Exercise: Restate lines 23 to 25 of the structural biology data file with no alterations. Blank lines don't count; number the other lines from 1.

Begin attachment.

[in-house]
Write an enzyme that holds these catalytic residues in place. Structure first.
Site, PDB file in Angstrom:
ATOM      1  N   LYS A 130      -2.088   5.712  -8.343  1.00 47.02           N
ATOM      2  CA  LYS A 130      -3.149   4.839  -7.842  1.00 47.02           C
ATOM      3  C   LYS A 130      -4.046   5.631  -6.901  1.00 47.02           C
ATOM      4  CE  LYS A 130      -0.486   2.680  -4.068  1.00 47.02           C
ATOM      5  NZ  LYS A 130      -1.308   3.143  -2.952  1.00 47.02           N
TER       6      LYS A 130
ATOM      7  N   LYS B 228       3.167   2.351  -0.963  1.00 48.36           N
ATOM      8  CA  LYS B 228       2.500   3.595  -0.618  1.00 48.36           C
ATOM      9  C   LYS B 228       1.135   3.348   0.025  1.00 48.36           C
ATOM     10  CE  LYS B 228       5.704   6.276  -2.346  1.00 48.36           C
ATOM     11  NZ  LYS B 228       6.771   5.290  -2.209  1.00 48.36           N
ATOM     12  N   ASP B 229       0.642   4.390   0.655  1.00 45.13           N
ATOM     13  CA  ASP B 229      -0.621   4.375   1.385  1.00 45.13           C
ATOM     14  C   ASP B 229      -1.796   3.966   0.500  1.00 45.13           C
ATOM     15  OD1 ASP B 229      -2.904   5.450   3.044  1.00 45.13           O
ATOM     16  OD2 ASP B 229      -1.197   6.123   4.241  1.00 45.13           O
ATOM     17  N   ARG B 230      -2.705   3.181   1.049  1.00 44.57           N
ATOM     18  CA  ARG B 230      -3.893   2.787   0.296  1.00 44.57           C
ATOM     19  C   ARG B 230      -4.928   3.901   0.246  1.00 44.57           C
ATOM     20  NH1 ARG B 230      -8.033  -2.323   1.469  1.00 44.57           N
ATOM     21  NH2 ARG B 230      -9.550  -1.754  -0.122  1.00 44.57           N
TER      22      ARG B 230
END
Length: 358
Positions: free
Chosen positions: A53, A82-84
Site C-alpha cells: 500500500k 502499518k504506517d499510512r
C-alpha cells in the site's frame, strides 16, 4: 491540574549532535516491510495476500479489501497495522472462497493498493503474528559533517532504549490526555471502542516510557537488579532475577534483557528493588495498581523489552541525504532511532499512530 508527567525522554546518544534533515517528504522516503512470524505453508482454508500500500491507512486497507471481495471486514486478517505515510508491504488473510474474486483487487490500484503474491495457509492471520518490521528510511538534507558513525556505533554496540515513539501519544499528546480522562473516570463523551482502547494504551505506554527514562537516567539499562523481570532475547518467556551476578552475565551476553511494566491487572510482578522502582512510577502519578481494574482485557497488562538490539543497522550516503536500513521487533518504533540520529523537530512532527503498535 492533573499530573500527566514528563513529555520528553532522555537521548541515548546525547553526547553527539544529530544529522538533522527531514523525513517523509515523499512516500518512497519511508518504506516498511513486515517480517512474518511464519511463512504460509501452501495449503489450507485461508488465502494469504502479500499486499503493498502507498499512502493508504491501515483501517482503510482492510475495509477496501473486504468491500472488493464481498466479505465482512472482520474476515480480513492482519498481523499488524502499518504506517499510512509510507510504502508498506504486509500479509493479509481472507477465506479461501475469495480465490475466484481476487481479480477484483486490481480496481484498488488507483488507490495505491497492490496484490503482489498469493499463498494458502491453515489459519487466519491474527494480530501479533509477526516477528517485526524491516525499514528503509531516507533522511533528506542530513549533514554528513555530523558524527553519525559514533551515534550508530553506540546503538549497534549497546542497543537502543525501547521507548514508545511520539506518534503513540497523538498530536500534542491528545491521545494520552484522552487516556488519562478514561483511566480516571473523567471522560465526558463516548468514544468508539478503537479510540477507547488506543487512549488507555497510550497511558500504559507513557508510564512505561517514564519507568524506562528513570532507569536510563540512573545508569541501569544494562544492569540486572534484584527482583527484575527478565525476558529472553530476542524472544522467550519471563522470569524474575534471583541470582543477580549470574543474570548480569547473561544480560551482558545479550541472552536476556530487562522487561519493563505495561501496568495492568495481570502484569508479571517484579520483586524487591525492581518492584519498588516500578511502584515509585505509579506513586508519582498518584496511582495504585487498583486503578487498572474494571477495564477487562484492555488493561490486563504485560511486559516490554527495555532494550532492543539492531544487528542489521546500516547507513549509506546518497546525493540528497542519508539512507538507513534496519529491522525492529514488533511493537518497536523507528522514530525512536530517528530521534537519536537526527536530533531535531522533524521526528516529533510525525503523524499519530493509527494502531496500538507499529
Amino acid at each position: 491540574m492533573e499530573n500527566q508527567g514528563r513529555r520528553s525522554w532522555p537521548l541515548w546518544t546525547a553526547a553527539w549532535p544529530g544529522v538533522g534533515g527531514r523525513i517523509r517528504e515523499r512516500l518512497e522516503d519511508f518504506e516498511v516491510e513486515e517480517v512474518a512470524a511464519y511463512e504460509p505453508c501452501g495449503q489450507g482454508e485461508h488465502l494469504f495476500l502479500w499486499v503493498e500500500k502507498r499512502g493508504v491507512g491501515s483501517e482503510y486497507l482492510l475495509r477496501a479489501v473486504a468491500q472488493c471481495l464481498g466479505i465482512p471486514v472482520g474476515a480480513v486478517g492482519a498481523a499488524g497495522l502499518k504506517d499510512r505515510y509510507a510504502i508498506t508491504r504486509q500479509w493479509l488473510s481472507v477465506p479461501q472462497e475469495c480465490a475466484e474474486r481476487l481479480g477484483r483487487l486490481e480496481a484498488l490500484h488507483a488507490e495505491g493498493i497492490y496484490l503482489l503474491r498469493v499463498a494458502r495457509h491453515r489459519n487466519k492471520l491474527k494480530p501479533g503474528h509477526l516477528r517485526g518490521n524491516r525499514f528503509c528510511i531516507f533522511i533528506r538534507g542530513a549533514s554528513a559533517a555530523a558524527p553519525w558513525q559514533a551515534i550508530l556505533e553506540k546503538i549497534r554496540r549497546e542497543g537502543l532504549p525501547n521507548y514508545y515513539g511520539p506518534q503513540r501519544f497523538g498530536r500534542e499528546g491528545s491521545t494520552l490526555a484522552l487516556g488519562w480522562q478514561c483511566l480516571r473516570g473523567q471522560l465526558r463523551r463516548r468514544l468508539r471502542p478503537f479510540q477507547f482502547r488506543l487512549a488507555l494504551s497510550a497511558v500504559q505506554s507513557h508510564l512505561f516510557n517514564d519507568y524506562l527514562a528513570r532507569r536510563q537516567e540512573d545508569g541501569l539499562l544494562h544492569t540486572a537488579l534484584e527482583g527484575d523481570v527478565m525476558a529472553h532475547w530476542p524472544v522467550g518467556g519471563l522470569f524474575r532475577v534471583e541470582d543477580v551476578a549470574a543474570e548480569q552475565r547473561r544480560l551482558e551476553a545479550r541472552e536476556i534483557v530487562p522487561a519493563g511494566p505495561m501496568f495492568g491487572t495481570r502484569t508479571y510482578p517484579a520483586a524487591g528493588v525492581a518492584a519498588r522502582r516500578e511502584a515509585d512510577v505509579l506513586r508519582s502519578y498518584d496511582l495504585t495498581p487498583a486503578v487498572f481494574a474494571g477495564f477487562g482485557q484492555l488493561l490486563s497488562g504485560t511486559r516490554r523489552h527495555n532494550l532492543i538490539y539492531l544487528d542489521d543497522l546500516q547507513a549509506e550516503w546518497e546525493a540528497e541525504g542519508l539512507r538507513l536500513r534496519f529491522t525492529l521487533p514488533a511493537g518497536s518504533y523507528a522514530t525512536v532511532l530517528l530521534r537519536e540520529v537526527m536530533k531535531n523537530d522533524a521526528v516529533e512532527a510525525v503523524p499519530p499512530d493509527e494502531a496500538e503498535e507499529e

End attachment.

ATOM     20  NH1 ARG B 230      -8.033  -2.323   1.469  1.00 44.57           N
ATOM     21  NH2 ARG B 230      -9.550  -1.754  -0.122  1.00 44.57           N
TER      22      ARG B 230